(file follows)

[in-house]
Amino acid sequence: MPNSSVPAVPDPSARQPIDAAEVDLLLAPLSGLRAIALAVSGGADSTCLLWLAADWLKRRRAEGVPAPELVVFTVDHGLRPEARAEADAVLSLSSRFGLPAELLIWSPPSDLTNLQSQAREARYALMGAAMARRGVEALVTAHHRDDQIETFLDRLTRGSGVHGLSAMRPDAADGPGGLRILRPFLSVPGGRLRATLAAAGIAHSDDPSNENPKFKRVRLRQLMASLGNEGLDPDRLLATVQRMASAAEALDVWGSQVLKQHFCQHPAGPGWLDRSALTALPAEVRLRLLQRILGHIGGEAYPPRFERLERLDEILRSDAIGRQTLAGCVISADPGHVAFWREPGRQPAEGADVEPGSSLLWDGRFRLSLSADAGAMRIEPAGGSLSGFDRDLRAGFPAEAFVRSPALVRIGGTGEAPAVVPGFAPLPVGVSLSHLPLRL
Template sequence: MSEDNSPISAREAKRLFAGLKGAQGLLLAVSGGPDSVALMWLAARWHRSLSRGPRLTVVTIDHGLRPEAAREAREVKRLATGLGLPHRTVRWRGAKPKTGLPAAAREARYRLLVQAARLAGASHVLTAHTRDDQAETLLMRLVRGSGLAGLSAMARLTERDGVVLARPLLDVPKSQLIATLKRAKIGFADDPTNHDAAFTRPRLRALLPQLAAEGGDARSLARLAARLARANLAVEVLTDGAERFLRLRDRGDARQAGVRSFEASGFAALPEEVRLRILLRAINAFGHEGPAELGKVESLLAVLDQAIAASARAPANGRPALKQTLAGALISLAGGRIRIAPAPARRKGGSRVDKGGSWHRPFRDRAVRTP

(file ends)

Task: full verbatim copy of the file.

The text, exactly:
[in-house]
Amino acid sequence: MPNSSVPAVPDPSARQPIDAAEVDLLLAPLSGLRAIALAVSGGADSTCLLWLAADWLKRRRAEGVPAPELVVFTVDHGLRPEARAEADAVLSLSSRFGLPAELLIWSPPSDLTNLQSQAREARYALMGAAMARRGVEALVTAHHRDDQIETFLDRLTRGSGVHGLSAMRPDAADGPGGLRILRPFLSVPGGRLRATLAAAGIAHSDDPSNENPKFKRVRLRQLMASLGNEGLDPDRLLATVQRMASAAEALDVWGSQVLKQHFCQHPAGPGWLDRSALTALPAEVRLRLLQRILGHIGGEAYPPRFERLERLDEILRSDAIGRQTLAGCVISADPGHVAFWREPGRQPAEGADVEPGSSLLWDGRFRLSLSADAGAMRIEPAGGSLSGFDRDLRAGFPAEAFVRSPALVRIGGTGEAPAVVPGFAPLPVGVSLSHLPLRL
Template sequence: MSEDNSPISAREAKRLFAGLKGAQGLLLAVSGGPDSVALMWLAARWHRSLSRGPRLTVVTIDHGLRPEAAREAREVKRLATGLGLPHRTVRWRGAKPKTGLPAAAREARYRLLVQAARLAGASHVLTAHTRDDQAETLLMRLVRGSGLAGLSAMARLTERDGVVLARPLLDVPKSQLIATLKRAKIGFADDPTNHDAAFTRPRLRALLPQLAAEGGDARSLARLAARLARANLAVEVLTDGAERFLRLRDRGDARQAGVRSFEASGFAALPEEVRLRILLRAINAFGHEGPAELGKVESLLAVLDQAIAASARAPANGRPALKQTLAGALISLAGGRIRIAPAPARRKGGSRVDKGGSWHRPFRDRAVRTP